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Attorney General Garland tests positive for COVID

U.S. Attorney General Merrick Garland speaks during a press conference at the U.S. Justice Department on April 06, 2022 in Washington, DC. He tested positive for COVID-19 within hours of making remarks.
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U.S. Attorney General Merrick Garland speaks during a press conference at the U.S. Justice Department on April 06, 2022 in Washington, DC. He tested positive for COVID-19 within hours of making remarks.

Updated April 6, 2022 at 5:11 PM ET

U.S. Attorney General Merrick Garland has tested positive for COVID-19, the Justice Department said on Wednesday.

The news comes hours after Garland appeared at a press conference about how the Justice Department is cracking down on Russia, which was attended by members of the media as well as other officials.

The Department said the 69-year-old cabinet member asked to be tested after learning he may have been exposed to the virus and he is not experiencing symptoms. Garland has been vaccinated and boosted, and will isolate at home for at least five days.

Garland attended Saturday's Gridiron dinner, an elite event in Washington for political leaders and journalists, along with Commerce Secretary Gina Raimondo and Representatives Adam Schiff and Joaquin Castro, who have also all tested positive as well.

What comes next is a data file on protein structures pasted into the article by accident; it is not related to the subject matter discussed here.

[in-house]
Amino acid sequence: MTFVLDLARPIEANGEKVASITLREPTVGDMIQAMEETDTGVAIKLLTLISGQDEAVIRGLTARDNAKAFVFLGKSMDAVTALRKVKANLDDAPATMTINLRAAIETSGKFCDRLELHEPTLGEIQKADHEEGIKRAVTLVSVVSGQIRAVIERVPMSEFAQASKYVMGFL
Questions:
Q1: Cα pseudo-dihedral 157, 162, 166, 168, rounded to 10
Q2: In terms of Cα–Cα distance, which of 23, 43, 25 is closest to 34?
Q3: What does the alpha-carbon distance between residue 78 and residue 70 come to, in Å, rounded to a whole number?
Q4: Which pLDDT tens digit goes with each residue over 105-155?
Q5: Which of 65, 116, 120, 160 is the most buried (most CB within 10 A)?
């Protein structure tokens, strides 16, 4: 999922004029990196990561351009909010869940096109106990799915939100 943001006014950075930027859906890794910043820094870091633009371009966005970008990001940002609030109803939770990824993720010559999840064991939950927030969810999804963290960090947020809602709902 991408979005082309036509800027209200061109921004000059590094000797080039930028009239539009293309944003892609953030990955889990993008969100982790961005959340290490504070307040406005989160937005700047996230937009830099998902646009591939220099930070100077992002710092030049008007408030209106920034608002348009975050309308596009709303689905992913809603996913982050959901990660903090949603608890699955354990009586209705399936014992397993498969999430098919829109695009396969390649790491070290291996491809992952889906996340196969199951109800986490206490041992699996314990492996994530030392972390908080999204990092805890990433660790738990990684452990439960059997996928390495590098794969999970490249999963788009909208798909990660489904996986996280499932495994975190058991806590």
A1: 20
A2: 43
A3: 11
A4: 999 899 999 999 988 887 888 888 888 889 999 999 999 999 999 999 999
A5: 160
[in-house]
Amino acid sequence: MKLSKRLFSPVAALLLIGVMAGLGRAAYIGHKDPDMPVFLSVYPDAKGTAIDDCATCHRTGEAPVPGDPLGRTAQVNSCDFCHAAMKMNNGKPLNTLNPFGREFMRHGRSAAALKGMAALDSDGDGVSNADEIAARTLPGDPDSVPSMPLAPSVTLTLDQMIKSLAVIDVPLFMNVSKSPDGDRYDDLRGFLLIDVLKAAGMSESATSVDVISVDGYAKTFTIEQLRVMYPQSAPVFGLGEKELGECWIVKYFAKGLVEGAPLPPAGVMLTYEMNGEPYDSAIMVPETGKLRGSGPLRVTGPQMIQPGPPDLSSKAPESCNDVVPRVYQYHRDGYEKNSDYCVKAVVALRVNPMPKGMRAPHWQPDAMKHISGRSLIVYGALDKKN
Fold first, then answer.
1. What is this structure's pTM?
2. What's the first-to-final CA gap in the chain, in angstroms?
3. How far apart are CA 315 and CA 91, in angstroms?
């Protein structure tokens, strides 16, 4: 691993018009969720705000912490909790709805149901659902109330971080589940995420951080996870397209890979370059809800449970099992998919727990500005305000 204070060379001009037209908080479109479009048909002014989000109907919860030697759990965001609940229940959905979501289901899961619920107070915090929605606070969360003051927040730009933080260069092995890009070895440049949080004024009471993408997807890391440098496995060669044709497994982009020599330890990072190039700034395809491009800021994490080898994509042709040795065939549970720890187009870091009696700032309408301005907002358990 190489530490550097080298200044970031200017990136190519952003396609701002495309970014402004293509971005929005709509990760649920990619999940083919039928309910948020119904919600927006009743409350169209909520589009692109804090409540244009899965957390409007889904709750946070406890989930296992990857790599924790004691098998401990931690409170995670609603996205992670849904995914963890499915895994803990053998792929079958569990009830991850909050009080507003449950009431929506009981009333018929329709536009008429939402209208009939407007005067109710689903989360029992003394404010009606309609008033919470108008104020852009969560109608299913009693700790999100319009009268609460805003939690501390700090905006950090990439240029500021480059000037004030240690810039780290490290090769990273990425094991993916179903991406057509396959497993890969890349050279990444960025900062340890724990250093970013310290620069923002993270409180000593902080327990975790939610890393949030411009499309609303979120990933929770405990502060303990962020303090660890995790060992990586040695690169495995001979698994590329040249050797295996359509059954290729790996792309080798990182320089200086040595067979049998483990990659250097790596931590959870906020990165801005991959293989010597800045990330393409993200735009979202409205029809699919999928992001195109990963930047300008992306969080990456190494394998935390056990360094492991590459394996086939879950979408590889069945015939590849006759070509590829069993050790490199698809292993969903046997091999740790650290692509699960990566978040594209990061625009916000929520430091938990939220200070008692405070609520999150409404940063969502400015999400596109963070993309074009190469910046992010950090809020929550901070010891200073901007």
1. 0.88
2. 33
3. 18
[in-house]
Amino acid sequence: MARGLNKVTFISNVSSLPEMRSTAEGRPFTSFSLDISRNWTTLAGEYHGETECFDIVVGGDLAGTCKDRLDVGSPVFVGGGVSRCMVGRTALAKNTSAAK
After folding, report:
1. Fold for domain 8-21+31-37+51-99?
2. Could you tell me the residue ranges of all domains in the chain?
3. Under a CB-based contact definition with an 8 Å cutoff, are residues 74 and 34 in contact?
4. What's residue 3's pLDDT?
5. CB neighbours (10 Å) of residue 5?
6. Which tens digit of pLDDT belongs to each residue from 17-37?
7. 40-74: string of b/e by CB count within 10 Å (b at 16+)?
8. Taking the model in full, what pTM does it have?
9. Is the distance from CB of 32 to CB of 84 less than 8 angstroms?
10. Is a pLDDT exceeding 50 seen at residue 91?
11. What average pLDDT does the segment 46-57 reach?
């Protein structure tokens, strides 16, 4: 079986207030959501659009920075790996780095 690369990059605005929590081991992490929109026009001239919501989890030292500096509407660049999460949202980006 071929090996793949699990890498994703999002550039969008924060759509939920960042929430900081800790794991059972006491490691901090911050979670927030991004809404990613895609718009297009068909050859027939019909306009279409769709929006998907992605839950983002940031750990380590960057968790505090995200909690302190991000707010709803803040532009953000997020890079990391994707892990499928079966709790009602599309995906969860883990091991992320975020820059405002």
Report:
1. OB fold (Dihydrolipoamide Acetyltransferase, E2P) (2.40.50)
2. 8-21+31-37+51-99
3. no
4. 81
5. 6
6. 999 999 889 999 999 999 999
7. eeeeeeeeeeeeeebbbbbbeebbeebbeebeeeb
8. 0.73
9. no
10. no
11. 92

Jamal Simmons, communications director for Vice President Kamala Harris, also attended the dinner and has tested positive. According to the White House, Simmons was in close contact with Harris, and the vice president, following CDC guidance, will "continue to consult with her physician" and plans to continue with her public schedule.

In a statement by Gridiron Club president Tom DeFrank on Wednesday afternoon, there are 14 dinner guests who are known to have tested positive for COVID-19.

"There is no way of being certain about when they first contracted Covid," the statement says. "But they did interact with other guests during the night and we have to be realistic and expect some more cases."

Copyright 2022 NPR. To see more, visit https://www.npr.org.

Carrie Johnson is a justice correspondent for the Washington Desk.
Lisa Lambert

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